Raul M. Palabrica of Pototan, Iloilo started earning a living as a motorcycle mechanic. His early interest in racing motorcycles became a serious business of modifying motorcycles from looks to retooling the engine so that they can be raced in both the official and clandestine tracks of Panay Island. But the need to find a viable income for his growing family and send the children to school forced him to find more sustainable means of income.
As he maintained his motorcycle modification and repair shop, he branched into the repair of farm tools and equipment, starting plows for both carabao and cattle, and, hand tractor pulled single moldboard. The more that he repaired farm equipment, the more that he observed the need to redesign them. So he started with the much used single moldboard plow drawn by either the carabao and the single axle hand tractor. He used schedule 40 black pipes as main frame and tempered steel sheet at the plow plate. The main modification that sped up the plate was the angle of the blade and the curve at the top which totally turns the soil and thus bury the straws and grasses. It also saves 2 hours per hectare for the handtractor because of the lightness and streamlined design of the plow.
Since turning to farm tool and equipment repair and manufacture, business for Raul boomed. His income from his shop has enabled him to send his children to school and to invest in equipment like the TIG and argon gas welding so that he can fabricate stainless steel parts for motorcycles and handtractors. He has also hired more workers, mostly his nephews so that he can have more time for management and to invent more farm equipment.
His latest inventions or rather innovations are the whole handtractor itself. He improved on the drive chain which made it sturdier so the farmer will need less maintenance and chain-change especially since Raul innovated to have a chain tensioner located outside and the bolt can be tightened using a basic spanner.
When farmers brought the problem of still relying on carabaos to plow the sides of the dikes so that there is mud for plastering or water sealing, Raul came up with a contraption for the hand tractor which can plow right to the edge of the dike. He also innovated on the leveler that can be pulled easily by the hand tractor and reduce leveling time by as much as 4 hours compared to other models.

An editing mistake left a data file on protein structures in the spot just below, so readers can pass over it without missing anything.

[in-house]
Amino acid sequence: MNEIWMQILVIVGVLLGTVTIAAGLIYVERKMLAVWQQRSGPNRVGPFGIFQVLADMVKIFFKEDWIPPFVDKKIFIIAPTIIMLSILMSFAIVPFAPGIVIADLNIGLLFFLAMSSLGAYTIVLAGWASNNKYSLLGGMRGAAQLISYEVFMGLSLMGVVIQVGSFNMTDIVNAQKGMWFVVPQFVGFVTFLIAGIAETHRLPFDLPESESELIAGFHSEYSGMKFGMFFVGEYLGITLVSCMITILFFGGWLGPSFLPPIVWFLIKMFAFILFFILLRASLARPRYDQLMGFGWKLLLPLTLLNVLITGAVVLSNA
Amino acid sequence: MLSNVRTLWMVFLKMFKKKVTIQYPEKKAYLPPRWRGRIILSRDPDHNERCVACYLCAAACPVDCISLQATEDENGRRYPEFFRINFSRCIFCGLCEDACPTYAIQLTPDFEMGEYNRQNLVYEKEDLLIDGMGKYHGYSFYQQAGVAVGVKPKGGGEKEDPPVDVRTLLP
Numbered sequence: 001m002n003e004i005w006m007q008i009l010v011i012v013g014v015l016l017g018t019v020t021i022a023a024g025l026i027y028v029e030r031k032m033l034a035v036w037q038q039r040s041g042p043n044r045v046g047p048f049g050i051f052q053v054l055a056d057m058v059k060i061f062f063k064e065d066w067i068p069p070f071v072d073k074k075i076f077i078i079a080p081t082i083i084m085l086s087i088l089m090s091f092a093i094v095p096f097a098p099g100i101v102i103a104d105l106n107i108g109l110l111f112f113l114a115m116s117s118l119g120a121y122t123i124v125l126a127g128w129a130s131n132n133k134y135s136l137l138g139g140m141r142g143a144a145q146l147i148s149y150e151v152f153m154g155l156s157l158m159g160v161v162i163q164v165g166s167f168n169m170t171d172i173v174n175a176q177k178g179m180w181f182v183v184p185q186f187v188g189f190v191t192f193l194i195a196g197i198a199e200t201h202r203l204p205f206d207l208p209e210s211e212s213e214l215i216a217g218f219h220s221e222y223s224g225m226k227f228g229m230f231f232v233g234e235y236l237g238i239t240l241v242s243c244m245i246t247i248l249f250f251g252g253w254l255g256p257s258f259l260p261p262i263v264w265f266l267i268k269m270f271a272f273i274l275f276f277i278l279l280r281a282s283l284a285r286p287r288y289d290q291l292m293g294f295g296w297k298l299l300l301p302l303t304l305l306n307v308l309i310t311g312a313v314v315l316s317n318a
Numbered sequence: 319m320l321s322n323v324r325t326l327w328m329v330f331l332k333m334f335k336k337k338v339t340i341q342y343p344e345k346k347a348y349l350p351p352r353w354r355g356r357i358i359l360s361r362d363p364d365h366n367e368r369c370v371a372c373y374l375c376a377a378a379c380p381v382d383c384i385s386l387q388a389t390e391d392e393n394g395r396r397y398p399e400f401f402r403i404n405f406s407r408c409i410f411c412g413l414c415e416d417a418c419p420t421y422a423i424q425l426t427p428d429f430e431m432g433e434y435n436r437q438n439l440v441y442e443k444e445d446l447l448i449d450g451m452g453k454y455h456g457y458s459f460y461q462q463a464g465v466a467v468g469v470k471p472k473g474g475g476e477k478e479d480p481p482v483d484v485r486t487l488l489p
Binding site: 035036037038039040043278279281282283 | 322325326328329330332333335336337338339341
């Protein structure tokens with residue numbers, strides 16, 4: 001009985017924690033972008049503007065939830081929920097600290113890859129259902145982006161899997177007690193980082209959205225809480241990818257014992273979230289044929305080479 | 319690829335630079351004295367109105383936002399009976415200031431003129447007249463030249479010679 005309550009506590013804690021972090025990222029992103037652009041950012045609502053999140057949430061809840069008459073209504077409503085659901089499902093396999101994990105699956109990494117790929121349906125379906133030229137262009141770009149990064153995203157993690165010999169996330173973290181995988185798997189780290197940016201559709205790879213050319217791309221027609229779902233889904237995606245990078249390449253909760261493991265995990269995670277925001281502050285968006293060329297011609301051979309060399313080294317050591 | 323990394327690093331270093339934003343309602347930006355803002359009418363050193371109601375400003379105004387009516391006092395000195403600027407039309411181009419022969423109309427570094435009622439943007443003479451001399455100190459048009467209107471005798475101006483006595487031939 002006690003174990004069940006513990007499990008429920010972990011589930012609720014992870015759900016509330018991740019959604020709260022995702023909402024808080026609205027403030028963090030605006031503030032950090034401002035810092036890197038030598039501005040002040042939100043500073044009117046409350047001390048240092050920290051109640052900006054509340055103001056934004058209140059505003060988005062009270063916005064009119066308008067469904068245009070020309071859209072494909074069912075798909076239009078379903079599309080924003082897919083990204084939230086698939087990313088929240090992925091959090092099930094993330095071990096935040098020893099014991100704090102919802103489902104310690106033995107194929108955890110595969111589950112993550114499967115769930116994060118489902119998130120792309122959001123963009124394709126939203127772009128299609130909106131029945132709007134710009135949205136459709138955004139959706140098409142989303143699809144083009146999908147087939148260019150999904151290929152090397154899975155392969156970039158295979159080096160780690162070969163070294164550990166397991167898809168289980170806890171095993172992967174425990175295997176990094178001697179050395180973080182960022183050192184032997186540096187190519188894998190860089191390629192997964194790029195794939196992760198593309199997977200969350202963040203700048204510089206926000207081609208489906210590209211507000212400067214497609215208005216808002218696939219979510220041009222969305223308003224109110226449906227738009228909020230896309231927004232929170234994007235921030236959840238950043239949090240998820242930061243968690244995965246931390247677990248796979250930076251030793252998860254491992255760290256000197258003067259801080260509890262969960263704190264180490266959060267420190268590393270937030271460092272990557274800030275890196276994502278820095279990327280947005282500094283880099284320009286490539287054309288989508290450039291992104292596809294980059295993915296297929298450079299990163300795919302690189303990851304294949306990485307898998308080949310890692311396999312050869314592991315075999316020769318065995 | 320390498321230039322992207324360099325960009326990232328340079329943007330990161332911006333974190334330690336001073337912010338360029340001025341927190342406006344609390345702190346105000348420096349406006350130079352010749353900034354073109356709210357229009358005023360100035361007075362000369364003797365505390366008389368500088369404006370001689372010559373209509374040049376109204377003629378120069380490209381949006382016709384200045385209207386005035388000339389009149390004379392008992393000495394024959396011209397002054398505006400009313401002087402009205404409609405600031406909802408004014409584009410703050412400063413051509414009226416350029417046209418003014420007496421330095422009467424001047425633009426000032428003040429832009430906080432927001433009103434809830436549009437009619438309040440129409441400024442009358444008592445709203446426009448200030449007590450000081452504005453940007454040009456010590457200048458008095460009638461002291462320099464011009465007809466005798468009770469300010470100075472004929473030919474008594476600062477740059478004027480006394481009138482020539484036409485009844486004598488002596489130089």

With the inquiries and letters received by windmill innovator Noel Velez of San Miguel (Agriculture Magazine September 2010 issue), this author bridged Noel and Raul where the former agreed to have his windmill fabricated for interested farmers. Upon seeing the working model, Raul made several innovations such as a different type of bearings and reinforcing the main shafting so that the windmill can withstand high velocity winds. He retained the strong points such as the removable vanes in case of typhoons. He also retained the use of the jetmatic pump because of the ease in maintenance.
There are still many things to innovate in farm tools and equipment, as far as Raul concerned. “The usual equipment that we buy from other countries may not always work well in our country. We need to design and fabricate our own, like the once popular turtle hand tractor. Its wide spread use in the 1970s enabled us to recover deep muddy soils by gradually creating a shallow hard pan and later gave way to the easy navigation or operation by the single axle plow”.
“We are thankful for the research agencies like the DOST, IRRI and PhilRice which come up with basic models to innovate from. However we hope for more technical and investment support from these agencies so that we can further modernize farm equipment manufacture locally”.